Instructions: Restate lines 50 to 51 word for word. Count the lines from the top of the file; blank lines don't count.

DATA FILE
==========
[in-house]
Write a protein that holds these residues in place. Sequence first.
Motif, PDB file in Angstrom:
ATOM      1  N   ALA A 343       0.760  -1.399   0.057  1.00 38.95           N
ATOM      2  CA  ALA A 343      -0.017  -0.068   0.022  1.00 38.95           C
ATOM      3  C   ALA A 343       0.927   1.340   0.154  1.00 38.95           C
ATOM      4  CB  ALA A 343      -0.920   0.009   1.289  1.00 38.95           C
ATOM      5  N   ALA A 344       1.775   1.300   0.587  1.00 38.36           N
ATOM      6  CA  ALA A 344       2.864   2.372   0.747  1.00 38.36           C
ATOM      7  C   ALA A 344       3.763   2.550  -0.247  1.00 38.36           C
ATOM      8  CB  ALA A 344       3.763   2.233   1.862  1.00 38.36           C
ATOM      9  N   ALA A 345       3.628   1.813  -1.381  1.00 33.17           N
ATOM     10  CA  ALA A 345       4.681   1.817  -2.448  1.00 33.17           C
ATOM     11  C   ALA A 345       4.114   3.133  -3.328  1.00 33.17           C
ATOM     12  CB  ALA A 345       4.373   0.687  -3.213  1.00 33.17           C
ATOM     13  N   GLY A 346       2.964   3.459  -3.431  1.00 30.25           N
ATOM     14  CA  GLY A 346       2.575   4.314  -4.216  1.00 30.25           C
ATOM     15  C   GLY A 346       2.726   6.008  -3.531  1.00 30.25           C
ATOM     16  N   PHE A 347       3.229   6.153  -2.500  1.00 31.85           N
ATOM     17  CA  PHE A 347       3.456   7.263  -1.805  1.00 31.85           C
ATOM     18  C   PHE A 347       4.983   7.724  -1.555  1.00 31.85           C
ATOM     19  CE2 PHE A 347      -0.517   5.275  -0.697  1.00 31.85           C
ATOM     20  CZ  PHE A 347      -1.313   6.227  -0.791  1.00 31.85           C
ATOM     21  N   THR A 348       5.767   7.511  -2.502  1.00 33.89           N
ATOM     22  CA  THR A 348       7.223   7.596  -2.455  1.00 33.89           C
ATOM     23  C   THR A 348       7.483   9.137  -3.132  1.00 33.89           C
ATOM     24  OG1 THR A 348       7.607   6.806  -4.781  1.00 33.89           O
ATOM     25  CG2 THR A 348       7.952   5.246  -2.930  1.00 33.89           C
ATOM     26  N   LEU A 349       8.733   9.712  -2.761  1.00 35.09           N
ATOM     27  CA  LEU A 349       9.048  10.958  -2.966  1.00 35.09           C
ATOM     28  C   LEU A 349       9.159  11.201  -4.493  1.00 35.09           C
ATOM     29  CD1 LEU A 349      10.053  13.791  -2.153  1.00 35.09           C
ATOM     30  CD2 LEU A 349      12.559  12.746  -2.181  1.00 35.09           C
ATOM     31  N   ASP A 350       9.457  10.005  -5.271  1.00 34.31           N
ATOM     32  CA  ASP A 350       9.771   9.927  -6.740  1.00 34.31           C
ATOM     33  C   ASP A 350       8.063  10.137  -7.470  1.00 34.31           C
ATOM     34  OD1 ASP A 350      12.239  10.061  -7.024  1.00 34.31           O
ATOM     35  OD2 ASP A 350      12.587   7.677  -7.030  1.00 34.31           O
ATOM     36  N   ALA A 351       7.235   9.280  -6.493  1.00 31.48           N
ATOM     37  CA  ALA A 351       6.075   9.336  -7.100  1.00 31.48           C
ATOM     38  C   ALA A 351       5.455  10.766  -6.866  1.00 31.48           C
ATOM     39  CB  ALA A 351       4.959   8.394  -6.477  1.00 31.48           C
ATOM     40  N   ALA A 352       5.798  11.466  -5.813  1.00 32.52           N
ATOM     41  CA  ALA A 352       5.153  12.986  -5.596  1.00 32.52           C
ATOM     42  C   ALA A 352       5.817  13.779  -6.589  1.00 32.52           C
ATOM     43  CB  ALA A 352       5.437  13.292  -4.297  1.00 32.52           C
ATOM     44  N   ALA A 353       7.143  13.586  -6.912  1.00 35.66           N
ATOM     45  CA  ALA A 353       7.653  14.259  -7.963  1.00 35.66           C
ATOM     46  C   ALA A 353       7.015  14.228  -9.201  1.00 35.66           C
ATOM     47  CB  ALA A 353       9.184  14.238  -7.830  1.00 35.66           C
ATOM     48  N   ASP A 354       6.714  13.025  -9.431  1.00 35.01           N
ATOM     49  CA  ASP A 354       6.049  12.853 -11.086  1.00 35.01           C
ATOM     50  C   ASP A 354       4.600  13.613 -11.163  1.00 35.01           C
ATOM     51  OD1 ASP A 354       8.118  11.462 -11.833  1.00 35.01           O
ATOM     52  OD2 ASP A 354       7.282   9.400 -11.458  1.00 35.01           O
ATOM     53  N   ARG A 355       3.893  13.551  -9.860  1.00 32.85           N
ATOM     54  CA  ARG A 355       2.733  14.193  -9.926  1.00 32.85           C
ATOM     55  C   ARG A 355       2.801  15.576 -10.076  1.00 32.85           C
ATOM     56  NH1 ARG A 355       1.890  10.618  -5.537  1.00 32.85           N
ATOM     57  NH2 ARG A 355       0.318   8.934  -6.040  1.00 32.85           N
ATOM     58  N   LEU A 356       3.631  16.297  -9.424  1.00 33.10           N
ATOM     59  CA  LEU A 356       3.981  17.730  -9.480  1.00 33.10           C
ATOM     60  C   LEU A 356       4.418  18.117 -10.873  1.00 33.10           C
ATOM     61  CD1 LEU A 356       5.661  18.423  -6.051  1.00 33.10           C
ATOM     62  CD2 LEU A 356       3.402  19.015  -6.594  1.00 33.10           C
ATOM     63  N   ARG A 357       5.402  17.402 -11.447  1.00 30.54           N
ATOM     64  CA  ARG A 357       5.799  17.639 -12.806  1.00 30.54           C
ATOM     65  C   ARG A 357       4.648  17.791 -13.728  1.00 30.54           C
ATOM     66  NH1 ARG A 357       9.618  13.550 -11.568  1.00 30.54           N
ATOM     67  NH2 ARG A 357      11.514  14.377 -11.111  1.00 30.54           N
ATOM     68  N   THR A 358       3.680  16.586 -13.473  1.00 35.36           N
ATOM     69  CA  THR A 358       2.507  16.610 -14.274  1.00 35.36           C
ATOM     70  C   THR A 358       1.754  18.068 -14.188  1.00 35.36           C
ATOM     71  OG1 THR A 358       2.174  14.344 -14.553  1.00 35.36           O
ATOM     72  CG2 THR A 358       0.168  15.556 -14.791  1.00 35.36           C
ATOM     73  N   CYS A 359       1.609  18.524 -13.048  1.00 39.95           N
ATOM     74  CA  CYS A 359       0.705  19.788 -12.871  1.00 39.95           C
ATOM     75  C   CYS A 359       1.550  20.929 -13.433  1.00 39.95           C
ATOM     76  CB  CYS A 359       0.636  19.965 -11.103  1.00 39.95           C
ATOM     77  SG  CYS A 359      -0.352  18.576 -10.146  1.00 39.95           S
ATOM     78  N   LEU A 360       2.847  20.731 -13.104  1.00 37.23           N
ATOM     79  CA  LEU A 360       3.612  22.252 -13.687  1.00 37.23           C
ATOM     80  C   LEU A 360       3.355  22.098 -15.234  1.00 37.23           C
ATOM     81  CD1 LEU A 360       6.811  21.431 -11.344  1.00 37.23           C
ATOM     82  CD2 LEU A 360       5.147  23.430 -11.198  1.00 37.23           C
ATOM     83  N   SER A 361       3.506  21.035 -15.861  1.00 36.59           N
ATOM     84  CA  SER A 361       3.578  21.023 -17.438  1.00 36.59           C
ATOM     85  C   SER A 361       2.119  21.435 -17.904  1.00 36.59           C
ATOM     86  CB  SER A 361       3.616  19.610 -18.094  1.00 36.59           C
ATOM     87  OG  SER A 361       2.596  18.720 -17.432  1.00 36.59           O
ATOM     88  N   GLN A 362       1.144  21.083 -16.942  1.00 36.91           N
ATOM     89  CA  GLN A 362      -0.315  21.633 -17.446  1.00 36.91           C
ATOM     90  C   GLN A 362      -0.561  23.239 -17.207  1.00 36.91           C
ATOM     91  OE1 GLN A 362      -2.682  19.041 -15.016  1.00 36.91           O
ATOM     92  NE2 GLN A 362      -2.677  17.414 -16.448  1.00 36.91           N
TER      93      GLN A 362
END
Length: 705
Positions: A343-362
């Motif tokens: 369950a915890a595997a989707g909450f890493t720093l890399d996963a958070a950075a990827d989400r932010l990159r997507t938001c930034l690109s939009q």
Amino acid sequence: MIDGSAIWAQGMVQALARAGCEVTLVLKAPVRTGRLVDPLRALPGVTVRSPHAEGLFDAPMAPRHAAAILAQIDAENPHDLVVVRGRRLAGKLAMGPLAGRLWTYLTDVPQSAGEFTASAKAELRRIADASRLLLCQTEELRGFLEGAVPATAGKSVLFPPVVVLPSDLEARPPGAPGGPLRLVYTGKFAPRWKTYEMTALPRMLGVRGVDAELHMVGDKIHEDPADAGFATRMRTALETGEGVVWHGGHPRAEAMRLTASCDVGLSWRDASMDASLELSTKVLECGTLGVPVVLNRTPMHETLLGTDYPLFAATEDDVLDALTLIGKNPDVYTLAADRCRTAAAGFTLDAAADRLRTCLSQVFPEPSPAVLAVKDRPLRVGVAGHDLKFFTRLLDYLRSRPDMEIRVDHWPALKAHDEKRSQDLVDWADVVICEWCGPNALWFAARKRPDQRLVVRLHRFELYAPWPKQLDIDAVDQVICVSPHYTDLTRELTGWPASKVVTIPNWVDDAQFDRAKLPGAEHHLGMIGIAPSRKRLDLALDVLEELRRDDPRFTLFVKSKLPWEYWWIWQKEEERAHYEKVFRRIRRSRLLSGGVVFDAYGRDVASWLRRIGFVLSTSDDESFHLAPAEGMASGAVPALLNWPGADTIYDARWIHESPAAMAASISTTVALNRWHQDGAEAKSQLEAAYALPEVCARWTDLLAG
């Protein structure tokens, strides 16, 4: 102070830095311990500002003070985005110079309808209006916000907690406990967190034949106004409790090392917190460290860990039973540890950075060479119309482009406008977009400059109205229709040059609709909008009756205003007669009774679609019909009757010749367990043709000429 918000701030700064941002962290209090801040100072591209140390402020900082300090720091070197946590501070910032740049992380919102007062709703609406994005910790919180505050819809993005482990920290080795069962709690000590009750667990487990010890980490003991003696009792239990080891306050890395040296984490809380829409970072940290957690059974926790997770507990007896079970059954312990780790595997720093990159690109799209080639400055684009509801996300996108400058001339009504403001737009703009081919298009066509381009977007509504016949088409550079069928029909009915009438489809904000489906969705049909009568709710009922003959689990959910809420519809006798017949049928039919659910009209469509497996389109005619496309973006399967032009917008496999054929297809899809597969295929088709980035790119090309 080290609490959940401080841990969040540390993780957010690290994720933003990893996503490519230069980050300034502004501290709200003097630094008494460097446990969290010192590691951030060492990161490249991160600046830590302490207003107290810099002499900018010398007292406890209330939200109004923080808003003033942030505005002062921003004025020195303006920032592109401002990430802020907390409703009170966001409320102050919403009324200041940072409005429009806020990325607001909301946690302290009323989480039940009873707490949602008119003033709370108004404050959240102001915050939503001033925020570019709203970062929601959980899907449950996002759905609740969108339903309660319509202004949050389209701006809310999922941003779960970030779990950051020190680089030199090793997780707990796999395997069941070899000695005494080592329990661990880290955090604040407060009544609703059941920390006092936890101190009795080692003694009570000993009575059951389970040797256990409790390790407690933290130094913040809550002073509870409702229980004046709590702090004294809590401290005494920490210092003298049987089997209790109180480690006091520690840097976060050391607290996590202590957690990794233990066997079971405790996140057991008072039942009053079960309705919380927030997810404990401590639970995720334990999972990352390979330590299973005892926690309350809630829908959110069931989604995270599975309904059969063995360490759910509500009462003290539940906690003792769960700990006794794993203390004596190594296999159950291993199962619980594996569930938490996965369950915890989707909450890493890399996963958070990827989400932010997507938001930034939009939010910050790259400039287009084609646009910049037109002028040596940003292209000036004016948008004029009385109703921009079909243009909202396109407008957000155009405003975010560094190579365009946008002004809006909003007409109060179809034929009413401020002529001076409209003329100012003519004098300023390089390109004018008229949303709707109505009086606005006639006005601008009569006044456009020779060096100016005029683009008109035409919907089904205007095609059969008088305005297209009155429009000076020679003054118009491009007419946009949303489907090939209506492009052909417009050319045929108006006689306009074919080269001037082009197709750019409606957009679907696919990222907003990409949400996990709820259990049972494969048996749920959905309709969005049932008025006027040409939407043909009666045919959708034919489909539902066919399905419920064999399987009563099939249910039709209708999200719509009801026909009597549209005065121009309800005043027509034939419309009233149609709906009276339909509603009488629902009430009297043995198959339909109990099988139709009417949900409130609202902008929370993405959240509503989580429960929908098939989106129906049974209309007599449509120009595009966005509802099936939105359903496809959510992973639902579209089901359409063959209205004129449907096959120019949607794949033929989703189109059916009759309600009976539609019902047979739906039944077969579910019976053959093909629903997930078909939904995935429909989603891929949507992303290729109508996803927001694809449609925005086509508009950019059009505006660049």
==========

ATOM     47  CB  ALA A 353       9.184  14.238  -7.830  1.00 35.66           C
ATOM     48  N   ASP A 354       6.714  13.025  -9.431  1.00 35.01           N